On being whatever you want to be

When it comes to business … and surviving in the ruthless Hobbesian jungle, where much more is winner-take-all than it once was, the idea that you can be whatever you want to be, or build whatever you want to build, is a sure path to a short, unhappy existence.

Eugene Wei, Invisible asymptotes

On gratitude

From everything that comes about in the universe one may easily find cause to praise providence if one possesses these two qualities, the capacity to view each particular event in relation to the whole, and a sense of gratitude.  For, otherwise, one will either fail to recognize the usefulness of what has come about, or else fail to be truly grateful if one does in fact recognize it.

Epictetus, Discourses 1.6.1-2

Welfare, the Stoics, and reference dependence

My essay on the relationship between Stoic and economic ideas about welfare has been published in the Journal of Markets & Morality.

Economic accounts of consumer welfare focus heavily on the physical circumstances of the consumer.  In contrast, in many religious and philosophical traditions, welfare is thought to be largely independent of physical circumstances.  This essay argues that the introduction of reference dependence enriches economic models of choice in a way that connects the economic account of welfare with the contrasting account offered by the Stoics….

The full abstract is available online.

 

On execution

Faulty execution does less harm than a lack of execution.  Materials turn bad more often in repose than in motion.

Baltasar Gracian, The Art of Worldly Wisdom

The retreat of the rural entrepreneur

My new report on rural entrepreneurship is now available online.

In 1988, more than a fourth of the self-employed lived in rural areas. By 2016, that share had fallen to less than 1 in 6. This report shows that the decline was caused by a population shift away from rural areas and a fall in the rural rate of self-employment. Between 1988 and 2016, the rural rate of self-employment fell by over 20 percent. Despite that decline, the rate of self-employment has remained higher in rural areas than in other areas.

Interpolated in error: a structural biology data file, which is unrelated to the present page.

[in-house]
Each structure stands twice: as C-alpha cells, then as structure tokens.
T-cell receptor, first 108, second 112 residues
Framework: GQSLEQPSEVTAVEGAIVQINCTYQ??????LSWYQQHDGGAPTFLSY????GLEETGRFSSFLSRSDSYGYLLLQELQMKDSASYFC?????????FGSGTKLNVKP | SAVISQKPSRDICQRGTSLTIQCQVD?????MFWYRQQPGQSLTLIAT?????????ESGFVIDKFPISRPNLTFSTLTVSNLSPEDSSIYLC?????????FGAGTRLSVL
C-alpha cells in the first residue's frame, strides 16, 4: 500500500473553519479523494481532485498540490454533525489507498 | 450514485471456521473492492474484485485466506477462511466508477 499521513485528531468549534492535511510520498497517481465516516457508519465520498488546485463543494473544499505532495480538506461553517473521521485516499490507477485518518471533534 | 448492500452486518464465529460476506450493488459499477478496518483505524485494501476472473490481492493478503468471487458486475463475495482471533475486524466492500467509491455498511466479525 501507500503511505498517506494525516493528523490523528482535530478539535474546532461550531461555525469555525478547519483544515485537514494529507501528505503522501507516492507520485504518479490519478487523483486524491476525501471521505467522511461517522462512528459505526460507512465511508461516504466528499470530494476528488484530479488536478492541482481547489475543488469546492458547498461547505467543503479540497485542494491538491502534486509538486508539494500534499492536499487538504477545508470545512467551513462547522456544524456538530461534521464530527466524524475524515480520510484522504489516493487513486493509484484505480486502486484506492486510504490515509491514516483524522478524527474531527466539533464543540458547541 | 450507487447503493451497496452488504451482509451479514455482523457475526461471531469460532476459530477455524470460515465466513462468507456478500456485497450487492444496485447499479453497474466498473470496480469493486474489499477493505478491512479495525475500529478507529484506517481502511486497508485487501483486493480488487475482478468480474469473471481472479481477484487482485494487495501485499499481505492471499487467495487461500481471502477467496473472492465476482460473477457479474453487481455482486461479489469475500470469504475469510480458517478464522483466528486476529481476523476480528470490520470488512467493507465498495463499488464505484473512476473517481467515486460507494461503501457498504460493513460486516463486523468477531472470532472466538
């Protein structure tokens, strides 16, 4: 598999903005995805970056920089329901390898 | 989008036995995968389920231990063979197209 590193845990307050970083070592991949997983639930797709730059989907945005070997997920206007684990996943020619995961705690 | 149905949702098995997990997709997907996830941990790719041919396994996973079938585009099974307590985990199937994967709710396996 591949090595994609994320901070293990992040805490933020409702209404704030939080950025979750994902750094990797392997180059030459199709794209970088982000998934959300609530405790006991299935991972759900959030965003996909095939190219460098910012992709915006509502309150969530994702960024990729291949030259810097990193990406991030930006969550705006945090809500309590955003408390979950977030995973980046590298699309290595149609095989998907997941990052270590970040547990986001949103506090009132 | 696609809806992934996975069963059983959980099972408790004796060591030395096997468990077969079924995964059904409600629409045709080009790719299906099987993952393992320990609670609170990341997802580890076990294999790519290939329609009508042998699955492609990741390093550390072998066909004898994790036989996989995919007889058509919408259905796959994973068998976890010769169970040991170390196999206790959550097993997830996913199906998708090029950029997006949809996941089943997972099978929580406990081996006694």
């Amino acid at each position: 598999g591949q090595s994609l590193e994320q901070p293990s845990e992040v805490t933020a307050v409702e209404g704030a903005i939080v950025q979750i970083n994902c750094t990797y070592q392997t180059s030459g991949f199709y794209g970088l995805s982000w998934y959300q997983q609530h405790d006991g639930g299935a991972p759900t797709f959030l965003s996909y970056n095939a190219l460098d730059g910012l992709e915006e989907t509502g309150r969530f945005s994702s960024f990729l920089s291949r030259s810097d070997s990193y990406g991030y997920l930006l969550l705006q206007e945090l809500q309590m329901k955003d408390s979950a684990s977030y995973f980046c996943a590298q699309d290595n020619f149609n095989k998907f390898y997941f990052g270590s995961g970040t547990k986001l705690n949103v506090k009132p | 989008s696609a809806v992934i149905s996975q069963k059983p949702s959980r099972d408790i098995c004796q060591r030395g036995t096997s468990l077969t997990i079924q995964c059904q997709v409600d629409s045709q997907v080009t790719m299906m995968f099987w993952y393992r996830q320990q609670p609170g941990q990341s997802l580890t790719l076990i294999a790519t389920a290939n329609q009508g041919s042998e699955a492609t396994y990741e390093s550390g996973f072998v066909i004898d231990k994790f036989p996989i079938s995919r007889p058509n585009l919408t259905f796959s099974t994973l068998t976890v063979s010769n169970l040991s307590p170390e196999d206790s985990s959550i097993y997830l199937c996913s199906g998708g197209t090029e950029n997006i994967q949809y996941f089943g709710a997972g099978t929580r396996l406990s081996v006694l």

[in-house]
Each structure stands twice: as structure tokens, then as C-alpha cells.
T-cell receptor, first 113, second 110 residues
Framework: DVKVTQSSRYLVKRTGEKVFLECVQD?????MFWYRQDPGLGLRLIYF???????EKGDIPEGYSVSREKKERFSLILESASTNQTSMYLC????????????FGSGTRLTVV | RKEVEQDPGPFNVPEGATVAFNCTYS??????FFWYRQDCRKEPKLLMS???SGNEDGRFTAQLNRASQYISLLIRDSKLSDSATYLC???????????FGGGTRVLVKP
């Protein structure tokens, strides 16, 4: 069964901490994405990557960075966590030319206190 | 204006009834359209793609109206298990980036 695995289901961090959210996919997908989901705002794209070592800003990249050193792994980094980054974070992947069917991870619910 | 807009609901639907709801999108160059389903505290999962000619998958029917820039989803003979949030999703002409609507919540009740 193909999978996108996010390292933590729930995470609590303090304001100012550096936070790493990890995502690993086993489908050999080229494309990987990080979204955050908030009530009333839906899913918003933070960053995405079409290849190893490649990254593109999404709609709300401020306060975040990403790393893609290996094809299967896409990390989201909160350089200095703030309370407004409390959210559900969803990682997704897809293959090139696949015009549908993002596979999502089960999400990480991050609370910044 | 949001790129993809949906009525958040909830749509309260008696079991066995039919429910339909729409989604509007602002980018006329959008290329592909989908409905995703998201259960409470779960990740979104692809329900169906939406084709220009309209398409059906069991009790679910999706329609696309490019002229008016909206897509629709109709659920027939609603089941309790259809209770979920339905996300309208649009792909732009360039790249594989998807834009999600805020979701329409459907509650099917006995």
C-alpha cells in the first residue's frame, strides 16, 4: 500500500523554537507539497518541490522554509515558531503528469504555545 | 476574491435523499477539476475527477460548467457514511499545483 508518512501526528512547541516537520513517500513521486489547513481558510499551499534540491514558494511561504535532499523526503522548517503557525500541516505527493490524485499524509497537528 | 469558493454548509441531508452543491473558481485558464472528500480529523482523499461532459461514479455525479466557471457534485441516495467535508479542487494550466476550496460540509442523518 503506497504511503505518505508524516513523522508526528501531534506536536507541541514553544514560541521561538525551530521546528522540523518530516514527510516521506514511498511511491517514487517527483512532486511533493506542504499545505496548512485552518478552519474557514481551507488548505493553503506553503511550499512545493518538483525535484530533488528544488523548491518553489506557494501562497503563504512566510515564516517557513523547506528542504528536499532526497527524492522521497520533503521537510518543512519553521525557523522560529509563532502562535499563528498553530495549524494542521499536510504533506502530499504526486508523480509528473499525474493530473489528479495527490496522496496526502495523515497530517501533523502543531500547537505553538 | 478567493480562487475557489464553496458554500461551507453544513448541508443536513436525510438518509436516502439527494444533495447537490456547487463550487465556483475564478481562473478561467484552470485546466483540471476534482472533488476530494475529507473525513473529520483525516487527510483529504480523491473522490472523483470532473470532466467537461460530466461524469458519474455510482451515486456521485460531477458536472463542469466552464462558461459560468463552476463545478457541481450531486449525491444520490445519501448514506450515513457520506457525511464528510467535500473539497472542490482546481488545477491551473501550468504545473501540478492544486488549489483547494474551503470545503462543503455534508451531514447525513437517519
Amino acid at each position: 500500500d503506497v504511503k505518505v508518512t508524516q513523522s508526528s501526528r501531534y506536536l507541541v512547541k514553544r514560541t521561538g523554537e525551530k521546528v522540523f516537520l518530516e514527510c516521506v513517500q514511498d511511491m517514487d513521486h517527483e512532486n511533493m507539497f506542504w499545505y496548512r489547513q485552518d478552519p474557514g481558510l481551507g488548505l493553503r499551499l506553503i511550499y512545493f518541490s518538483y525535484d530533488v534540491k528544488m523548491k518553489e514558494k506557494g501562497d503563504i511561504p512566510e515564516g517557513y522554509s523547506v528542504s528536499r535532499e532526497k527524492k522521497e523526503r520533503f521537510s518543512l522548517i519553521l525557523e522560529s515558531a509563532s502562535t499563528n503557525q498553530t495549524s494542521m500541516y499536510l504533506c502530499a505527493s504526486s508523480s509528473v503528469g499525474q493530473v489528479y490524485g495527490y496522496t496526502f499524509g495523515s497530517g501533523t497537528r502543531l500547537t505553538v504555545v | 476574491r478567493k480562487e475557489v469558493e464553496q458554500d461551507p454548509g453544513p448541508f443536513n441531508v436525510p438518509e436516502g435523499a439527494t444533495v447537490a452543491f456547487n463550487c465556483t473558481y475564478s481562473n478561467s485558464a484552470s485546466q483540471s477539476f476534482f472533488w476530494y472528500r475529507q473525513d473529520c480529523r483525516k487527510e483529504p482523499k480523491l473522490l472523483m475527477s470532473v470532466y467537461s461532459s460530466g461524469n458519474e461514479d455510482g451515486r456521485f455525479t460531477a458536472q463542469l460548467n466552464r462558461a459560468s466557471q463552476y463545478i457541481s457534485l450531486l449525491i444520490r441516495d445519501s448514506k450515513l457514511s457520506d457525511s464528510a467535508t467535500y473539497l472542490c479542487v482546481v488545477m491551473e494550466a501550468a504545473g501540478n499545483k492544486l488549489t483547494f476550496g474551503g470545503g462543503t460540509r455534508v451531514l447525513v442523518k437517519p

Read more.

On consensus

Somehow, people have to learn that consensus is a huge problem. There’s no “arithmetic consensus” because it doesn’t require a consensus…. In general, consensus is how we bully people into pretending that there’s nothing to see….

Eric Weinstein, as quoted by Tim Ferriss in Tools of Titans

On time management

…it is worse to busy yourself with the trivial than to do nothing.

Baltasar Gracian, The Art of Worldly Wisdom

Knowledge of things forgotten

My very short story “Knowledge of things forgotten” is now available online.

Some things are learned, and some things are forgotten, and some things are known without being learned. The crow watching sunlight glint from the brass buttons of Charlie’s jacket knew many things.

Read the whole piece.

Rich in contentment

My essay “Rich in contentment” is now available online.

My dad is the restless type, and when I was a kid he changed jobs every few years. That usually meant a move to another state. We would move everything ourselves, loading streams of cardboard boxes into the backs of rented moving trucks. Sometimes, when we moved, we would find boxes that hadn’t been opened since the last move, and we would just move them again. We also moved boxes full of junk, things like wire hangers and busted toasters that we were never going to use.

We wouldn’t have paid money for that stuff, but we paid with our sweat to keep it. We weren’t the only ones to hang on to things like that. Other families do it, too, stuffing their closets and their attics, filling their garages until they have to park their cars outside, even renting storage space.

Why do we keep things we would never buy? Sentimental value can’t explain it. May the day never come when I develop an emotional attachment to a busted toaster. Ignorance or indifference can’t explain it. All of the boxes were labeled with their contents before we loaded them into the trucks.

Economists have discovered something that can explain it, and what they have discovered has implications that go well beyond crowded closets and garages. Their discovery links the clutter in our closets to what the Bible teaches about contentment in difficult circumstances.

Read the whole piece.